Sunday, November 18, 2012

The Anniversary of Yes

Tests were always stressful for me. They're not fun. They take so much out of you and you don't know how they'll go. In school I would cram for exams and worry about how I would do. During the test I would sweat so much I wound up with a blue hand from writing on sheets of foolscap. (I was a straight A student but still always worried and doubted myself. I'd tell my friend "OMG I totally FAILED that exam!" Then I'd get a 90%.) After learning to drive, my road test was just about the most nerve-wracking thing I'd ever done. I was so scared. Most of my family had failed their road test the first time (or first few times.) I was so afraid of failing. Luckily I passed on my first try. The one thing I kind of messed up was parallel parking (I was too far from the curb.) I told the guy "Don't worry. I'll NEVER do it again!" and I haven't! The only way I parallel park is if all the spaces are empty and I can just drive along into one of them! Of course the worst tests of all were blood tests. They were always terrifying to me because I had a phobia of needles and fainted every time.

Then, last year, on November 18th 2011 I took the most frightening test I had ever taken. One which changed the rest of my life. I took a pregnancy test. I had never been late before. My periods were always on time (every 3 weeks and 3 days. Lucky me. Not even 4 weeks between my horrendous monthly visitors.) I had never missed a period. Not in 30 years of menstruation. Not with any of my boyfriends. Even ones that lasted several years. It was bizarre to me. It made no sense. I finally resigned myself to the fact that I was probably going through early menopause. But I got a pregnancy test just in case (it was my sister's idea.) I peed on the little plastic stick. I was expecting "No" the way that you expect the sun to rise in the morning, or rain to be wet. I was not expecting "Yes" any more than I was expecting pigs to fly, or Hell to freeze over. Me having a baby was not within the realm of possibility. You don't get pregnant at 42 with a guy you've only been dating a month. It just doesn't happen. I was with someone for almost a decade and didn't get pregnant so it just didn't make any sense. But there it was. After I finished shaking and crying I thought "Oh my God. I'm going to be a Mom." And beneath the shock and the fear there was something else, a kind of joy. Love. I was going to have a baby. I took a picture of the test as a souvenir because it was digital and I figured the little yes would fade eventually. I always took photos of all of my adventures and this was the beginning of my biggest one so far.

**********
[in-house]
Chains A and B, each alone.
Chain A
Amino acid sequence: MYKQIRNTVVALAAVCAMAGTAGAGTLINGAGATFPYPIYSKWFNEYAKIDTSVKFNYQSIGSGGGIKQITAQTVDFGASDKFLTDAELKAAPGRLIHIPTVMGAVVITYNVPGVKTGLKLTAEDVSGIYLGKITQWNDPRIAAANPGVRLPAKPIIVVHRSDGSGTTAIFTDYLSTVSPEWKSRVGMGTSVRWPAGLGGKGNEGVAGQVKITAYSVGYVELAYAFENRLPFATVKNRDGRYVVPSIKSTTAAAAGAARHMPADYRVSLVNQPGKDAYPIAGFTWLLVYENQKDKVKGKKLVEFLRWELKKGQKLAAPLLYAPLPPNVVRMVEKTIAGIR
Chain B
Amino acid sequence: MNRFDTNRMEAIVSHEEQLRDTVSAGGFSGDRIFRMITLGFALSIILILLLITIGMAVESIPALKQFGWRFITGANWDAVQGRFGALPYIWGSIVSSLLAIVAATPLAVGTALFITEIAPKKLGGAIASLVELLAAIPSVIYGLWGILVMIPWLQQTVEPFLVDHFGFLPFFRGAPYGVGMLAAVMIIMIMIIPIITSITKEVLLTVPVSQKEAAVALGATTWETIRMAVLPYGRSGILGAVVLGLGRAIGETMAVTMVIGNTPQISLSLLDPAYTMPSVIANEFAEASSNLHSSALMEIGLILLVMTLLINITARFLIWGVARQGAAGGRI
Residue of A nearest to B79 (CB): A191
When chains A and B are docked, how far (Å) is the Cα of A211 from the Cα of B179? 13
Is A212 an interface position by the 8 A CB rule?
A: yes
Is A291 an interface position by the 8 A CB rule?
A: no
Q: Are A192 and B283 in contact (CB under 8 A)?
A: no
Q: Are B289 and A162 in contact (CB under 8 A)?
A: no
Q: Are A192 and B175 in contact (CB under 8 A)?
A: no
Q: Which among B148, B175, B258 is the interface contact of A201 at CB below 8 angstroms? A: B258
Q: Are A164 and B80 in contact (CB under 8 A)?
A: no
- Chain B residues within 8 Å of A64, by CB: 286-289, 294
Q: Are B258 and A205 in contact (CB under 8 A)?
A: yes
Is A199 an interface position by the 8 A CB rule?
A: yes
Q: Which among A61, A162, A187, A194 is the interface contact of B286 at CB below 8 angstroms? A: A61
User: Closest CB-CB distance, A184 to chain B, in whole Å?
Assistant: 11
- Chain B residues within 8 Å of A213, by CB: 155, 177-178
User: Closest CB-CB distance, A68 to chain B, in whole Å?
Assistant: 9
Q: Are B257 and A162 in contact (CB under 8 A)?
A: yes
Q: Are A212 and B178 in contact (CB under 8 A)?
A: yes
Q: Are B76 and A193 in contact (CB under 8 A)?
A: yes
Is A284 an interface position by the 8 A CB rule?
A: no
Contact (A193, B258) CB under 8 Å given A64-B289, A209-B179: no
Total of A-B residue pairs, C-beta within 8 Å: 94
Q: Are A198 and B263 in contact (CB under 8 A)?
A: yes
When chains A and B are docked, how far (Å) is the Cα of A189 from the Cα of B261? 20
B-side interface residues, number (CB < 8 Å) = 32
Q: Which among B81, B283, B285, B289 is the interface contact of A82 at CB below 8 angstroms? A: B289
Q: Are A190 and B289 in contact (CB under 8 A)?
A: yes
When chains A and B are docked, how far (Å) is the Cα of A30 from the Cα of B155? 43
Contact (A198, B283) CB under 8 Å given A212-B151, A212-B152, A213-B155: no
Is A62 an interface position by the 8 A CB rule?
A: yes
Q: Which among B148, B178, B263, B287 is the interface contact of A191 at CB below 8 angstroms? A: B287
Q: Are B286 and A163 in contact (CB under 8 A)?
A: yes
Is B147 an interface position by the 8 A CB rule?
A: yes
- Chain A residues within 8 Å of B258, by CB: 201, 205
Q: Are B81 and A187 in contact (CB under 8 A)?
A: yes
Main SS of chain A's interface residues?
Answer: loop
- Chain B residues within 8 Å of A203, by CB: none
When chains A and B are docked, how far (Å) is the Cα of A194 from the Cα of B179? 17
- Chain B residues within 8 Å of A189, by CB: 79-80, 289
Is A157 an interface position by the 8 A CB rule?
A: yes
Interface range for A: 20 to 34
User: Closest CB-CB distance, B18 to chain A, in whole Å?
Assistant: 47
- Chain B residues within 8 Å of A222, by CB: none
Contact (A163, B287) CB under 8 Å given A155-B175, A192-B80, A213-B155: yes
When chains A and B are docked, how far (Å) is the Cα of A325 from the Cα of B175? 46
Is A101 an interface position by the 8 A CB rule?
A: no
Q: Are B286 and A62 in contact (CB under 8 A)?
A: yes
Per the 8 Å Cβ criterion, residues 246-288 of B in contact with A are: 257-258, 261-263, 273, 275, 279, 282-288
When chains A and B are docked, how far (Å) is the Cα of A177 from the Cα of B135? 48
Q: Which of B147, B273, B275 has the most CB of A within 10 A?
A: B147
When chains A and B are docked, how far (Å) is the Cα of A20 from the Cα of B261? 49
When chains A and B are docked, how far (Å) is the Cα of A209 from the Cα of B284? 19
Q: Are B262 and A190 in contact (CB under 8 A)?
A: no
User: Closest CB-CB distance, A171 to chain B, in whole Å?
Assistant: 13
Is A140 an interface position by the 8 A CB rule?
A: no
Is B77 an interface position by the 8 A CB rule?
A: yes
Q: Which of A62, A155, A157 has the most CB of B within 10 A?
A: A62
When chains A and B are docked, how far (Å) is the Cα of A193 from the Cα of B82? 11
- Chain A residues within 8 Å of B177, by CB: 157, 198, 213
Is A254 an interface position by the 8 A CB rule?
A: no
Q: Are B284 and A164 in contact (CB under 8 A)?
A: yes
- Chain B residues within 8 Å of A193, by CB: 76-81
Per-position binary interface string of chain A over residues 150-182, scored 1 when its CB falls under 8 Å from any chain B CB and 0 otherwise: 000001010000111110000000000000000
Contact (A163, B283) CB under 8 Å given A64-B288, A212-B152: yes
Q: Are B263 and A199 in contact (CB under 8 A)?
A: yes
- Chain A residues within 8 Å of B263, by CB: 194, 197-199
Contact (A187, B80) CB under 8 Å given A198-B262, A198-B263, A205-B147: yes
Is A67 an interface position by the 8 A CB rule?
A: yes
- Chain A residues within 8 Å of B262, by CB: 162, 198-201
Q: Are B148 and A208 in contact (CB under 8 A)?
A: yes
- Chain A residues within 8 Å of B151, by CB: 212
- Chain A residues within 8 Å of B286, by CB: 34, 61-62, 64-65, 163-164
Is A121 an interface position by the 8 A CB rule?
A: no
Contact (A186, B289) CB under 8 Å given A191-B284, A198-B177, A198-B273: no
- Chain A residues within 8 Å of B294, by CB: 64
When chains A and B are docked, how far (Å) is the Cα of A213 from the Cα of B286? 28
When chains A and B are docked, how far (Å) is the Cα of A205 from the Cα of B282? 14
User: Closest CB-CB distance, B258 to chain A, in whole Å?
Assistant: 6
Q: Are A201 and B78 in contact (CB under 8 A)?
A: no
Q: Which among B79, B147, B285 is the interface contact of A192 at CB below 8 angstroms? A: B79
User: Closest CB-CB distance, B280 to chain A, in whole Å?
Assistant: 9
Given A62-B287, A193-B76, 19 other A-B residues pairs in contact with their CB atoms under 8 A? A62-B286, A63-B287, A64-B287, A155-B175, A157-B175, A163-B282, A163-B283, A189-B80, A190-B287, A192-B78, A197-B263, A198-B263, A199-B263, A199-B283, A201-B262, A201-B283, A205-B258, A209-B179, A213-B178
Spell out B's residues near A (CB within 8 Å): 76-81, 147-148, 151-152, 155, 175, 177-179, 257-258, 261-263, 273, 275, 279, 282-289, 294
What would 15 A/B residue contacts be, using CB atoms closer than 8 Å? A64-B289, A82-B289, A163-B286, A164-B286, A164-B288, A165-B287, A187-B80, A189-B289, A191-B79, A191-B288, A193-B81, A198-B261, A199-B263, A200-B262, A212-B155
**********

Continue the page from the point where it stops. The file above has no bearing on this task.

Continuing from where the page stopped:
When I broke the news to Mike (Michelle's deadbeat dad who took off when I was four months pregnant) he was sitting at his computer, drinking his third cup of coffee, leaning back in his broken black leather chair (he leaned back so far in it that the spring was shot) in his office, in what is now Michelle's nursery.
"I'm pregnant."
"You could take a morning after pill." he suggested.
Inside I was screaming "God, you're an idiot!"